Smith & Wesson Bullseye Ultimate Throwing Combo

Ryan figured out how to throw the cards pretty fast.
Ryan figured out how to throw the cards pretty fast.

U.S.A.-( At the 2023 SHOT Show, I circled by the Smith & Wesson booth and met up with their marketing guru Keli. She showed me their knives, and as I was about to leave, she showed me the Smith & Wesson Bullseye Ultimate Throwing Combo and asked me if I’d be interested in testing it out. I said sure, I’ve messed around some with throwing knives, and they’re a fun hobby when you’re sitting around camp bored.

I know a guy (Ryan Perrion) in Aberdeen, SD, that is the #2 hatchet thrower in America, plus he owns Hub City Axe Throwing, which is what I’d call an indoor axe throwing range. He’d be a good guy to help me test out the Smith & Wesson Bullseye Ultimate Throwing Combo.


  1. Four throwing cards.
  2. Three 8-inch throwing knives.
  3. Three 10-inch cleavers.
  4. Three throwing hatchets.

Now let’s go through each of the four items and discuss how they functioned for me.


The cards are unique and interesting. Right when we opened the box Ryan and I had to throw them first. And anyone else that looked at the set that night had to try their hand at throwing the Bullseye cards. They are 3 ½-inch x 2 ½-inch cards. They are the four aces in a deck of cards and have a sharpened edge on all four sides.

Ryan quickly figured out that the key to throwing the cards was to make sure that you threw them straight. Since all four sides are sharp, if it hits on the edge, it is going to stick. But since it is not a super sharp edge, if it hits so that the whole edge (let’s say from top to bottom on the side) it will not stick. Like I said, for some reason the Smith & Wesson Bullseye Ultimate Throwing Cards appealed to everyone.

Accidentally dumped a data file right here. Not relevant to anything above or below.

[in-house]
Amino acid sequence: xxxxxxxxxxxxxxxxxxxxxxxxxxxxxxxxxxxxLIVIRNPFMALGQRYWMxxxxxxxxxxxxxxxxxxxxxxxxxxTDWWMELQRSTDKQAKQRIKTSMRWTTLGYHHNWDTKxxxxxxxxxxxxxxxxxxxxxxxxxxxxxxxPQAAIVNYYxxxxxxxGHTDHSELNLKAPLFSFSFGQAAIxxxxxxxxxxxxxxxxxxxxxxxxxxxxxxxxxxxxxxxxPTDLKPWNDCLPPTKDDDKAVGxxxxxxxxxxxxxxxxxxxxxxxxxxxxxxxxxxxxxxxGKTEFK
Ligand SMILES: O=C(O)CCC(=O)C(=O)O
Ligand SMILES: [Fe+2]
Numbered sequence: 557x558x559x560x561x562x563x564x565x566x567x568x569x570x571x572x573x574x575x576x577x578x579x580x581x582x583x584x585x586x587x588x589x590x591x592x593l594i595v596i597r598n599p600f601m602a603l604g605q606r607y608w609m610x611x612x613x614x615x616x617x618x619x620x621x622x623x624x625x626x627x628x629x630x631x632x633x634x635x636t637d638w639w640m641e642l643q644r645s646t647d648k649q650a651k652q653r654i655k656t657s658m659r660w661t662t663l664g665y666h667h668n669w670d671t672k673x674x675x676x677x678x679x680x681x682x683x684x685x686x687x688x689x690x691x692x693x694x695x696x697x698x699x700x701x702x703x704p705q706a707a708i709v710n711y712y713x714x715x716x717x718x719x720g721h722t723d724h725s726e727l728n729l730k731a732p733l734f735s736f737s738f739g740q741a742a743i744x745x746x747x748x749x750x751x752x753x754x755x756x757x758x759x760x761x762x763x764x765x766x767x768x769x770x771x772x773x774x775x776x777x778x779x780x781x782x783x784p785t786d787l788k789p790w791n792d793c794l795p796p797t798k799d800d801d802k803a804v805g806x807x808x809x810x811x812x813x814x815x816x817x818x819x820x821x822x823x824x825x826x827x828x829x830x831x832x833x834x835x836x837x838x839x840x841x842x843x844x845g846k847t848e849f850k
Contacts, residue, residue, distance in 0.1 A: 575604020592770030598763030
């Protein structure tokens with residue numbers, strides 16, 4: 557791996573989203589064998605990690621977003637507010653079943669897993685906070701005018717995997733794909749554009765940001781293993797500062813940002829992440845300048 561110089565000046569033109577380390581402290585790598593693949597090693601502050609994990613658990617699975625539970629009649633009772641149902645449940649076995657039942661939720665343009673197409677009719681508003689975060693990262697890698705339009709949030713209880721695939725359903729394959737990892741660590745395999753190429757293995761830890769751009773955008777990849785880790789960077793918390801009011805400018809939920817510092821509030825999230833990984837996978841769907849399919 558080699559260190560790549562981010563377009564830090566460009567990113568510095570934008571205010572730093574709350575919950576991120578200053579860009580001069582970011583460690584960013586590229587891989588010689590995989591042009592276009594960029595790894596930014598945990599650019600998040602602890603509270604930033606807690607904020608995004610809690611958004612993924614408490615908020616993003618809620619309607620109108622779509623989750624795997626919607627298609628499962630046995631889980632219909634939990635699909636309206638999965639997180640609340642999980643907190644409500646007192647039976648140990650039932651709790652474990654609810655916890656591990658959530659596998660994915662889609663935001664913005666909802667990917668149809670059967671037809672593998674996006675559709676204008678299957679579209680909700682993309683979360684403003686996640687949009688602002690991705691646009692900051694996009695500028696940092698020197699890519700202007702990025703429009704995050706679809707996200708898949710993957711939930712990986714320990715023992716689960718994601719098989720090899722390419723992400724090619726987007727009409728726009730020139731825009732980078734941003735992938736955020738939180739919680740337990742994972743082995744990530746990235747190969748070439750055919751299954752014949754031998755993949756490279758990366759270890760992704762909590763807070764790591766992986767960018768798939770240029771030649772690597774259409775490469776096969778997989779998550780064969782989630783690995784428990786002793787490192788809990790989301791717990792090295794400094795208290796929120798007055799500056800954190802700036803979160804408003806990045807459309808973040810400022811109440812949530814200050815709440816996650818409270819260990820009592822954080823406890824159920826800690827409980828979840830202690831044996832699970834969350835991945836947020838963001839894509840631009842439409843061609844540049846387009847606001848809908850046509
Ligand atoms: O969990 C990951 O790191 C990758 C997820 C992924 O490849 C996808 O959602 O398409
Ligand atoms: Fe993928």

Smith & Wesson Bullseye Ultimate Throwing Combo: Bullseye Cards
Smith & Wesson Bullseye Ultimate Throwing Combo: Bullseye Cards

The bottom sides of the cards have a rough texture. About what you would expect to see on a sheet of rusted/pitted metal. This allows you to have a firm grip when throwing the card. I never did figure out if it is best to have the rough textured side against your thumb or against the side of your pointer finger. Or maybe it doesn’t matter.


I found the Bullseye Cleaver especially hard to stick. But Ryan took it as a challenge, and due to his skill level before long he was able to consistently stick three throws in a row. I never did master the cleavers.

At first glance, you’d think they’d be easier to stick than a throwing knife due to their design. The bottom part is sharp just like the blade of a knife, but the tip is a flatter, slightly convexed edge which you would think would be easier to stick than a pointed knife, but it wasn’t for me.


The throwing knives have a definite point. The edge is beveled back 2 ¼-inches on top and bottom but not beveled enough to have an edge. So, the only sharp edge is the point of the knife. I don’t want to say that you have to have an exact throw to make them stick, but…. You pretty much do.

Throwing a knife is all about two things:

  1. You must use the same motions and release the knife at the exact same extension of your arm every throw, or it will change the flight of your knife and consequently change the impact point that your knife hits.